We made it through the first part of the day and then we went to the cafeteria. Every kid was getting food from the line and a carton of milk, so I got food and a carton of milk. The children ahead of me didn't have to pay, so I didn't think anything of it.

My turn at the register and the lady asks me for money for my carton of milk. I was in first grade; I didn't have any money, so I had to put it back.

That's when I realized how unfair it is that some get a free ride, while others have to pay for their ride. Then as we get older we realize that some have to pay for others to continue their entire lives having a free ride.

Free lunches is one of those ideas that feel good, but make absolutely no since to me. The economically disadvantaged as this article likes to call poor people, are currently receiving food stamps. They are already getting free breakfasts, lunches, dinners, snacks. They are already receiving free health care, transportation, free housing, et cetera.

I feel that if you are going to give a certain special group of people free food at school, then that benefit needs to be subtracted from the food stamps that they are getting at home. You are already giving the food to the parents, it is their responsibility to send their children to school with food to eat, not the governments.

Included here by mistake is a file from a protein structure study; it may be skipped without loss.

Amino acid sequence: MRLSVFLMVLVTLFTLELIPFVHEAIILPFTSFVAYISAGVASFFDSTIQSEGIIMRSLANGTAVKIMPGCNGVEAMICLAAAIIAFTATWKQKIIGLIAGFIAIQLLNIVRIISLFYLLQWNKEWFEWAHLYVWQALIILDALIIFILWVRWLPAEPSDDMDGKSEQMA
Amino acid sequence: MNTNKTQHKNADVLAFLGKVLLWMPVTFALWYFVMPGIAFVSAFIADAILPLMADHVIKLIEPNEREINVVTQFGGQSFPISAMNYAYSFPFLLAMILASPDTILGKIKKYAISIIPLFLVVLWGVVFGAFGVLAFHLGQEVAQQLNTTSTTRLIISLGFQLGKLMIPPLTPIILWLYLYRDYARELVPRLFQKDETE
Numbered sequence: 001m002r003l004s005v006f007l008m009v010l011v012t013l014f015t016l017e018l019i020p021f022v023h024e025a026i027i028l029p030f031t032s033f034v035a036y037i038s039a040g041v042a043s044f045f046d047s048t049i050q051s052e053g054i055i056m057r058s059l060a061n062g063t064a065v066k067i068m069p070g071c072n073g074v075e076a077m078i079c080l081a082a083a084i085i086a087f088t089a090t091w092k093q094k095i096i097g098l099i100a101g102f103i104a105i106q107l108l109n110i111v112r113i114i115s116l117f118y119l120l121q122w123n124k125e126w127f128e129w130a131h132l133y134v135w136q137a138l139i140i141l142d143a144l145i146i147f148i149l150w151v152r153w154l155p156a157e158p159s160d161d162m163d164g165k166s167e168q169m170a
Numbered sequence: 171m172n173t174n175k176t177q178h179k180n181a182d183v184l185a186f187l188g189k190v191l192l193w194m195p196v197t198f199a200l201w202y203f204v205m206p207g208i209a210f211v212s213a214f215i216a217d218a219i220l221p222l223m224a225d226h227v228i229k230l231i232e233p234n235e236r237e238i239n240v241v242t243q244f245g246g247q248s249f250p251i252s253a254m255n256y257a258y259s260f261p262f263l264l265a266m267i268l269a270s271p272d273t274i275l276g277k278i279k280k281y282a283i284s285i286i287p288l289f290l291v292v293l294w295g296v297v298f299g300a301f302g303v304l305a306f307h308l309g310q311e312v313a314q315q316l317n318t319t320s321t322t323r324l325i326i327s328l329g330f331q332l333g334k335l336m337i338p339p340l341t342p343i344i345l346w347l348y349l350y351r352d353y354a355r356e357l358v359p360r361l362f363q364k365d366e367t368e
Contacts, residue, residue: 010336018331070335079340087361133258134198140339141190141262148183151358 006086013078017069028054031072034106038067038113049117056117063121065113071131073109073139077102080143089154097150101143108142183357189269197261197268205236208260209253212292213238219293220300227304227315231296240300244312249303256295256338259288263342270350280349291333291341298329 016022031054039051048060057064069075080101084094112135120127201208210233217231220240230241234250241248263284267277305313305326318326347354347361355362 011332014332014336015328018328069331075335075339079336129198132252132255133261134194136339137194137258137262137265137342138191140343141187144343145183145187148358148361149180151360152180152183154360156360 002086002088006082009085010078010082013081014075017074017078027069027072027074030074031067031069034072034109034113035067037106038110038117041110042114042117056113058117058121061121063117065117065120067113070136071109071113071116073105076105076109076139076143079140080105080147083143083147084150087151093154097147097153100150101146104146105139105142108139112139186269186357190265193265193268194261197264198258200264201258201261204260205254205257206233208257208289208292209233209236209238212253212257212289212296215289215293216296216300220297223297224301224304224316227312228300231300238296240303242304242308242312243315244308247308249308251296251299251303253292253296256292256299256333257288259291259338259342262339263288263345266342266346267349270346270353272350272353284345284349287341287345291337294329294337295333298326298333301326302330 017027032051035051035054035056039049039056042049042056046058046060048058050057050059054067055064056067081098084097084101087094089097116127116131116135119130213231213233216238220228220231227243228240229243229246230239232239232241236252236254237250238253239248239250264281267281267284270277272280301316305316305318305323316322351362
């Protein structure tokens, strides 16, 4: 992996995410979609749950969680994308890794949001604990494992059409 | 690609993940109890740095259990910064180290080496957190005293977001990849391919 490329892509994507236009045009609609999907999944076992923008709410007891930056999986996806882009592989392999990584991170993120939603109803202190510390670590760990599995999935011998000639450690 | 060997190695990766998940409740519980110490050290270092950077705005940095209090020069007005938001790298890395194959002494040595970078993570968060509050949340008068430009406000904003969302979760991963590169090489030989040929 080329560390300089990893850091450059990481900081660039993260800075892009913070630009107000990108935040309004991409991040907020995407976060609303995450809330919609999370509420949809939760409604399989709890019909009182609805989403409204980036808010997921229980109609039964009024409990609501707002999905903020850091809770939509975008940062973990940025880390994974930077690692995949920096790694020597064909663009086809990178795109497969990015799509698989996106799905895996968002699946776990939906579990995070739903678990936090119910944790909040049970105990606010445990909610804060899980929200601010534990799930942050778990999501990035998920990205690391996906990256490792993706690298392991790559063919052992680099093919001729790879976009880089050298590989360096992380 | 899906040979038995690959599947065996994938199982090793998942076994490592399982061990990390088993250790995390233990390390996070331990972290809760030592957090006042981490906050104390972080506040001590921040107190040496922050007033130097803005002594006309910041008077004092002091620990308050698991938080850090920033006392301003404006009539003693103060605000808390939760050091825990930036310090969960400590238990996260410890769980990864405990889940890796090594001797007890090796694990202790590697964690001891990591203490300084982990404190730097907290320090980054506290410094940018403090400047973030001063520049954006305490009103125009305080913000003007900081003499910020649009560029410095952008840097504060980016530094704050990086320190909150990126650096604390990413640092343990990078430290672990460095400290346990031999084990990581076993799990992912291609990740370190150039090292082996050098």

It is not the states responsibility to double their benefit because of an imaginary line in the income that has been drawn by govermentcrats.

This foundation of personal responsibility is what defines you as a Republican. It is why the liberal agenda of personal destruction is so damaging to our country. Once you understand that at the basis of every liberal idea is what's in it for the democrat, and the basis of every conservative idea, is what's in it for the betterment of the individual, then you will fully understand why this country is at the precipice of destruction at the hands of the Democrats and liberal Republicans (i.e. establishment politicians).

It is the parent's responsibility to take care of their children and feed them. What kind of parent doesn't feed their child? They are being given free food to feed them with.

Madison, TN

By: pswindle on 12/14/11 at 8:25

As the poor get poorer, more and more will be on free lunch. At school is the only food that some kids get all day long.

By: Left-of-Local on 12/14/11 at 8:52

Exactly! And of course, you will always have those (like above) who will beat up on ANYONE who gets help - EVEN CHILDREN.